The large and extremely powerful typhoon Nanmadol, which made landfall in Japan’s Kyushu region on September 18, was about to hit the Kinki region in western Japan on the night of September 19, warned the Japan Meteorological Agency (JMA).
The typhoon, on the 14th of the year, is expected to bring unprecedented levels of rainfall as it moves northeast near the archipelago’s main island through September 20.
On September 18, the JMA issued a special heavy rain alert for Miyazaki Prefecture, where training storms hit the region with more than 600 millimeters of rain in 24 hours. The agency called on people to beware of high winds, tidal waves and heavy rain at an unprecedented level.
It is possible that linear rain bands will also form in Kyushu, Shikoku, Chugoku and Kinki regions on September 19, which could cause damage in large areas from west to north of Japan.
At 4 a.m. on September 19, Typhoon Nanmadol was near Tosu City in Saga Prefecture and was moving northward at a speed of about 20 kilometers per hour. It had a central atmospheric pressure of 960 hectopascals, with a maximum sustained wind speed near its center of 126 km/h, with maximum gusts of 180 km/h.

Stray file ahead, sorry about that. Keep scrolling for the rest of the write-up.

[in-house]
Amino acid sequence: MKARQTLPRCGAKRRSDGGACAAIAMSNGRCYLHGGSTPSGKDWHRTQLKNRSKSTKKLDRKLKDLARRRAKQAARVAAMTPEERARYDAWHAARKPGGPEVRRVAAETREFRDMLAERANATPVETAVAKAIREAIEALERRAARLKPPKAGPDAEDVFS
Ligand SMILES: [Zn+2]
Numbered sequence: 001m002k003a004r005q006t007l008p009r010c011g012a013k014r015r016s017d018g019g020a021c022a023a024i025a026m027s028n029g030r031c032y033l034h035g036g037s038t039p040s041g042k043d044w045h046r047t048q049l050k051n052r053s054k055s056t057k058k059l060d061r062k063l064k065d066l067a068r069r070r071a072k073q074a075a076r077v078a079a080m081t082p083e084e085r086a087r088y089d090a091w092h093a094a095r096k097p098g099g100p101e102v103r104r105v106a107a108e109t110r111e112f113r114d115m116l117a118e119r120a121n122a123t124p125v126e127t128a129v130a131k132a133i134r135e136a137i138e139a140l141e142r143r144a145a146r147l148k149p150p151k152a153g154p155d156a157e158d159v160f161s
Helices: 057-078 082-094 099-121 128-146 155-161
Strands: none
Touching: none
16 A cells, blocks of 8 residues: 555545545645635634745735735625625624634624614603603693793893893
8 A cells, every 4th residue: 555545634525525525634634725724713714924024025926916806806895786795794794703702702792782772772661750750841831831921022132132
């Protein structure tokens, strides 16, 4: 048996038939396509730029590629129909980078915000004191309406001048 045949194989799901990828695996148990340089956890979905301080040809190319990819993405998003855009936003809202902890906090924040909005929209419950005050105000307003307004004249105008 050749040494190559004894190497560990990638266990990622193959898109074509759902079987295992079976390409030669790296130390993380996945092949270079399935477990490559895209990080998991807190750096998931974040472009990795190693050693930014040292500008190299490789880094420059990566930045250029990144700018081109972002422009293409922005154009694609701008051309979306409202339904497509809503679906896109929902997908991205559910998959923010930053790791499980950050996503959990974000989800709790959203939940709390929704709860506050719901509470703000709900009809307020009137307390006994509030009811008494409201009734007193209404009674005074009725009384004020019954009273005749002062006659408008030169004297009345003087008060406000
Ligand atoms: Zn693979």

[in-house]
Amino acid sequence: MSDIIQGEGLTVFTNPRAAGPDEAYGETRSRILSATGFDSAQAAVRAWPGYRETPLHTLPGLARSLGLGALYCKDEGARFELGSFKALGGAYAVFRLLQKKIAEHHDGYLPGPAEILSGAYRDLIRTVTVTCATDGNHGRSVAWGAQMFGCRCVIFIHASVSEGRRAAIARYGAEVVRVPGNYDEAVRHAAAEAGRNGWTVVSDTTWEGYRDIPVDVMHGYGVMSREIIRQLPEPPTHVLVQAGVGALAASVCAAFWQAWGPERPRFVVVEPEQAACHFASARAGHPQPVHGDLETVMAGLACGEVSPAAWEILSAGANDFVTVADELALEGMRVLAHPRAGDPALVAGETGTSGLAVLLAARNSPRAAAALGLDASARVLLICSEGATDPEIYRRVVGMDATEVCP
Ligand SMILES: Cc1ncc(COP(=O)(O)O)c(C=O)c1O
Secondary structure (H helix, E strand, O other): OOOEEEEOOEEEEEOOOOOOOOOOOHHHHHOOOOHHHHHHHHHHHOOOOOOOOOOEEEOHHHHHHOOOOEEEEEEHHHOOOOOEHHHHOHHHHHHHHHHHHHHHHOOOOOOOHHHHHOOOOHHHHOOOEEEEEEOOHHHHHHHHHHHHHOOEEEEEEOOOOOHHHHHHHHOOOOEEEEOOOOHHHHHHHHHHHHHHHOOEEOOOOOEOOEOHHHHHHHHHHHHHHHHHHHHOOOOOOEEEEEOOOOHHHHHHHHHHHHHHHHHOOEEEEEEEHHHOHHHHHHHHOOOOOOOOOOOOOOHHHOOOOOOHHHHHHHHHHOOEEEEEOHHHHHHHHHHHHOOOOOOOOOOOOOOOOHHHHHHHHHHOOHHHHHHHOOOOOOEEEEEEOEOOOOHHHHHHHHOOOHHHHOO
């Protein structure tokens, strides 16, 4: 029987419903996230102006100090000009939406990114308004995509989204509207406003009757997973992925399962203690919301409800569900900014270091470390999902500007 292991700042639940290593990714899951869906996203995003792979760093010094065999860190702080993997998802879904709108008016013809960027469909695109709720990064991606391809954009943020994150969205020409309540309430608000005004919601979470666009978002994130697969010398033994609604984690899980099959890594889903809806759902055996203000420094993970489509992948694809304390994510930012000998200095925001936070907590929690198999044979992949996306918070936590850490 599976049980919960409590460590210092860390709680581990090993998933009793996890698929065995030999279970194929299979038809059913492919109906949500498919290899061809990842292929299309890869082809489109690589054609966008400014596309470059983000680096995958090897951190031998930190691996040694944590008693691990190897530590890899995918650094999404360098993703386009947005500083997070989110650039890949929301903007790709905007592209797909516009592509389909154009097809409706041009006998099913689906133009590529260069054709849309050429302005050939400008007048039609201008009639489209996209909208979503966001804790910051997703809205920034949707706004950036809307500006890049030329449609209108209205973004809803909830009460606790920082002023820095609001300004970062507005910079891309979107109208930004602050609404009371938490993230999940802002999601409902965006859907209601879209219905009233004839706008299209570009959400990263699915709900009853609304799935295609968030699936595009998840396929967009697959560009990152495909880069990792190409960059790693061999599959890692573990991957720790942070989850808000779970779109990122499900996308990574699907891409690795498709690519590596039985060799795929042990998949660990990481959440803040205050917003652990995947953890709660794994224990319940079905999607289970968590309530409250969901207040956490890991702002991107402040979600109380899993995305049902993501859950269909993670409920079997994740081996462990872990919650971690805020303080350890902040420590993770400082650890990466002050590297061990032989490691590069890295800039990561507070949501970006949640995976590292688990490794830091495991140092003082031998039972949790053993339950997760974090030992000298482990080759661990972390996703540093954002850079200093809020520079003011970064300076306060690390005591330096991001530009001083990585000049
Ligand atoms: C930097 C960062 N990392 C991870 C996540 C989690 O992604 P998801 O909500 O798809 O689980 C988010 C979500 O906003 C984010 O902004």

Over the 24 hours until 6 a.m. on September 20, up to 400mm of rain is expected in Shikoku region and Tokai region in central Japan, 300mm in Kinki and Kanto-Koshin regions including Tokyo, 250 mm in the Chugoku region, and 200 mm in northern Kyushu.
The typhoon affected rail services and flights. West Japan Railway Co. announced that it will partially suspend services for local trains and bullet train services on the Sanyo Shinkansen line between Hiroshima and Hakata stations on September 19. It reduced the number of trains between Shin-Osaka and Hiroshima stations from the morning of September 19, and will suspend services from around 2 p.m. Limited express trains departing from and arriving in Japan’s western regions of Kyoto, Osaka and Kobe were to be suspended from the morning of September 19, while some train services were suspended from the morning of Hiroshima and Okayama. Central Japan Railway Co. announced that it will suspend bullet train services on the Tokaido Shinkansen line between Nagoya and Shin-Osaka stations from the afternoon of September 19, as it plans drastically reduce the number of high-speed trains running between Tokyo and Nagoya.
Japan Airlines Co. said it canceled 304 domestic flights scheduled to depart or arrive in Kyushu and other areas on September 18, affecting up to around 20,000 people. It is estimated that around 46,000 people will be affected by the cancellation of 454 additional flights on September 19. Meanwhile, All Nippon Airways Co. canceled 225 domestic flights on September 18, affecting up to around 16,000 passengers. A total of 316 flights will be canceled on September 19, which is expected to disrupt the plans of around 31,000 people.